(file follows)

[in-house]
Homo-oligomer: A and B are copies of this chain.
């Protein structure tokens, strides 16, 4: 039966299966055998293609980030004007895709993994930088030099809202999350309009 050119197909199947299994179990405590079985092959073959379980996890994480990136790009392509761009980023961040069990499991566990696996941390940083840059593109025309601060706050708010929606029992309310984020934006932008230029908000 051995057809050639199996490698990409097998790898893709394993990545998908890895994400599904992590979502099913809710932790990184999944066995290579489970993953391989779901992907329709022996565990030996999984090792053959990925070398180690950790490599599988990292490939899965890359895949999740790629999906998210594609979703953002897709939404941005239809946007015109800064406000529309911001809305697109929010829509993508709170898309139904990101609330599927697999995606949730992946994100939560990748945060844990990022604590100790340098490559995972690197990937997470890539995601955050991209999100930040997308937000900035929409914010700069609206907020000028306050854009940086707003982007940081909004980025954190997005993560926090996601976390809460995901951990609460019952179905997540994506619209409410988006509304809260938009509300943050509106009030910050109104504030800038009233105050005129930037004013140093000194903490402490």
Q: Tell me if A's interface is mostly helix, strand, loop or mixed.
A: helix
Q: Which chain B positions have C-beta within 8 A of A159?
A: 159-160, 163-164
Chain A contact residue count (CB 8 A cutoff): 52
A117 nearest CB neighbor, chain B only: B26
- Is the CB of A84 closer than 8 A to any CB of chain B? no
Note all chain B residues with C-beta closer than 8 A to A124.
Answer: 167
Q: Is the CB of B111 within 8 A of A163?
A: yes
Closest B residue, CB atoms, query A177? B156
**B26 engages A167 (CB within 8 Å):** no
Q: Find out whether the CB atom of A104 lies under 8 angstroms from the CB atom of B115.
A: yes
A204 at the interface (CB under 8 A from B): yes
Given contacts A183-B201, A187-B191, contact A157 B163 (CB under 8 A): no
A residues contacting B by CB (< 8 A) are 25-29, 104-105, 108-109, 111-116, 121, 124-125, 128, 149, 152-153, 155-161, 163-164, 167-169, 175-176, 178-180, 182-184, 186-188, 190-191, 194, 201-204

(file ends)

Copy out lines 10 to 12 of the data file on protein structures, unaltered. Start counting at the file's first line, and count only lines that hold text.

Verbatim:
- Is the CB of A84 closer than 8 A to any CB of chain B? no
Note all chain B residues with C-beta closer than 8 A to A124.
Answer: 167